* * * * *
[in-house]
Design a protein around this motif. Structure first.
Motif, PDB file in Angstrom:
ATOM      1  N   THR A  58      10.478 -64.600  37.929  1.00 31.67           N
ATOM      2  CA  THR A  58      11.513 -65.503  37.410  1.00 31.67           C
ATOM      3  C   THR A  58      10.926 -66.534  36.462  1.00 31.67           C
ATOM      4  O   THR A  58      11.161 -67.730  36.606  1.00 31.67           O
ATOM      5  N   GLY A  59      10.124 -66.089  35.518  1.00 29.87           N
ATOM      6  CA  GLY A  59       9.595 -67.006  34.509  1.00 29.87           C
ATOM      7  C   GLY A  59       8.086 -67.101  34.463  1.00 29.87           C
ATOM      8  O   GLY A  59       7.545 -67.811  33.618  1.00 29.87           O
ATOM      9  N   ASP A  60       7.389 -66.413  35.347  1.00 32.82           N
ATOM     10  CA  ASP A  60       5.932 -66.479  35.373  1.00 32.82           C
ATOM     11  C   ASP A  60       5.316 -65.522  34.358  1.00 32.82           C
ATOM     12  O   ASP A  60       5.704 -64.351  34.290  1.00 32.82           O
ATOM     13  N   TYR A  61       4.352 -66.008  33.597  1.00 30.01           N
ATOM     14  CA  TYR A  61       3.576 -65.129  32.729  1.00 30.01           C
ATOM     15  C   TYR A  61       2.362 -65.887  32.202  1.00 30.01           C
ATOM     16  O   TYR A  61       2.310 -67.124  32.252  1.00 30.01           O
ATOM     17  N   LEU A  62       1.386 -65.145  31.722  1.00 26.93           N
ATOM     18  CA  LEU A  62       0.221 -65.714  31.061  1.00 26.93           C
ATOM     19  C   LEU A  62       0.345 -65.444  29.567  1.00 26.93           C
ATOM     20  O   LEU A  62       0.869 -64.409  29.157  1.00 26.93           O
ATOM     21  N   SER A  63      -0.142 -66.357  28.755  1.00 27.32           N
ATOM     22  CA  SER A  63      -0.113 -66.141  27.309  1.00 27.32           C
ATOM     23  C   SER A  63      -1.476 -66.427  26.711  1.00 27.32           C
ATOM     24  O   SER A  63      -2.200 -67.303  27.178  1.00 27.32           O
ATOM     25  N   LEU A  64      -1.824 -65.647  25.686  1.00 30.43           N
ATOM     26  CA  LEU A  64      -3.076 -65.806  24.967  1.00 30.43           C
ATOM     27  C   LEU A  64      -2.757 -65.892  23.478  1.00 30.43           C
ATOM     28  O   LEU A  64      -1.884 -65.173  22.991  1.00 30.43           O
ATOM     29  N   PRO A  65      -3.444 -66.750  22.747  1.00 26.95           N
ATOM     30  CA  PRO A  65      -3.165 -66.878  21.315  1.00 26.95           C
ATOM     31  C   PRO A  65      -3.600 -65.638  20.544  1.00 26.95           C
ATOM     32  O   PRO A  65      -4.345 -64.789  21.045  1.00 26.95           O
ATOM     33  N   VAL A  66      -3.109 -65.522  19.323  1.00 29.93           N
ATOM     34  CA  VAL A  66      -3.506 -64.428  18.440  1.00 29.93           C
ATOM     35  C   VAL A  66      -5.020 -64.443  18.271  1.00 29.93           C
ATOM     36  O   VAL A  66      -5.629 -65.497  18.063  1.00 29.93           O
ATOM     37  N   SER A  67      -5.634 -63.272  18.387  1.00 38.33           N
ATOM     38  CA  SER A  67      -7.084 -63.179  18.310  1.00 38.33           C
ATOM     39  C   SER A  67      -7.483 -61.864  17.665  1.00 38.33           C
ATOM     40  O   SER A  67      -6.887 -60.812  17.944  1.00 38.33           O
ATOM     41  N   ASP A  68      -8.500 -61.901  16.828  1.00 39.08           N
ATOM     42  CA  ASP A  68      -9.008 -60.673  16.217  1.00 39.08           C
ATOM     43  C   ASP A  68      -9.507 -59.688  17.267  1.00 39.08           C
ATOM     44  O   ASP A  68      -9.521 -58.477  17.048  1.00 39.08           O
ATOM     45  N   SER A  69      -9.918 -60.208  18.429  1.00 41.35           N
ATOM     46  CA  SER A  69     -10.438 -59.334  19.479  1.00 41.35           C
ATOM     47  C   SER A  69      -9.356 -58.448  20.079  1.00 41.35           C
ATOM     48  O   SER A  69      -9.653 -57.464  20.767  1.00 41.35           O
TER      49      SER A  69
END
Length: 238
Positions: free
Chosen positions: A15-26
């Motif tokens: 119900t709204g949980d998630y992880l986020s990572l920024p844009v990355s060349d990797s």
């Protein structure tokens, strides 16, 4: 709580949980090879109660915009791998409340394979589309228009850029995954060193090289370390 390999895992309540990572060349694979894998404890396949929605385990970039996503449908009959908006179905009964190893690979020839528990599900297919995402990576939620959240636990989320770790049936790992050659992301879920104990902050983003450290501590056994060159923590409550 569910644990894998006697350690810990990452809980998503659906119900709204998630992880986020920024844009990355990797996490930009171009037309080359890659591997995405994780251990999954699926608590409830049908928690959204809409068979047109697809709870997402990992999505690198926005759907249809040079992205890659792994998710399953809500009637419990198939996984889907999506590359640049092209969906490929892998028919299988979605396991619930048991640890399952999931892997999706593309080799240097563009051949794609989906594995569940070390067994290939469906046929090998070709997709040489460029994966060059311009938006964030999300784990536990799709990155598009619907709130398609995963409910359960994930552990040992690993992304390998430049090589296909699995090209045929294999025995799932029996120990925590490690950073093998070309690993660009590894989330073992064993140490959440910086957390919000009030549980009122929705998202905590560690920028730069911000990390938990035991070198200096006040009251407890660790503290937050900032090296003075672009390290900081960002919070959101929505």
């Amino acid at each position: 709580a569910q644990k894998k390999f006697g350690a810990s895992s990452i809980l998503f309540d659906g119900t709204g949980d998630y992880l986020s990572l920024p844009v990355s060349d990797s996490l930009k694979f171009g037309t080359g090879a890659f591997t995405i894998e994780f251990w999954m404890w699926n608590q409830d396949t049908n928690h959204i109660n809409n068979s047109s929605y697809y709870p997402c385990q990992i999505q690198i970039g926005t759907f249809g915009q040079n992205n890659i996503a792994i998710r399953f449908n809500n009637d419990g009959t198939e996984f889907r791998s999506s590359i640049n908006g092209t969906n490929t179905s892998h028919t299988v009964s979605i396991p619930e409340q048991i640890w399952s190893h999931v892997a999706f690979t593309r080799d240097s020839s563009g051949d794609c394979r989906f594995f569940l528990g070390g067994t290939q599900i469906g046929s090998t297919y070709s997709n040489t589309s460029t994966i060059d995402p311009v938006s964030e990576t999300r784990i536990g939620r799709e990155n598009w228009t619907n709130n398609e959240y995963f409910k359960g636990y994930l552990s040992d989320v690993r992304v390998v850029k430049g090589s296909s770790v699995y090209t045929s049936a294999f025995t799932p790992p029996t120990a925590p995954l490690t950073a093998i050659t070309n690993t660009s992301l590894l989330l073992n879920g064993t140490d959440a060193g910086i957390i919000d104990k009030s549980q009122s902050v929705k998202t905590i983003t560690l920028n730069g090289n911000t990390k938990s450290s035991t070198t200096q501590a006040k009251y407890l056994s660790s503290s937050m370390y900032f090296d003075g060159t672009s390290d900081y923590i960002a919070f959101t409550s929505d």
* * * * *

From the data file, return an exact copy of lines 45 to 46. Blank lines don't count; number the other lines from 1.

ATOM     42  CA  ASP A  68      -9.008 -60.673  16.217  1.00 39.08           C
ATOM     43  C   ASP A  68      -9.507 -59.688  17.267  1.00 39.08           C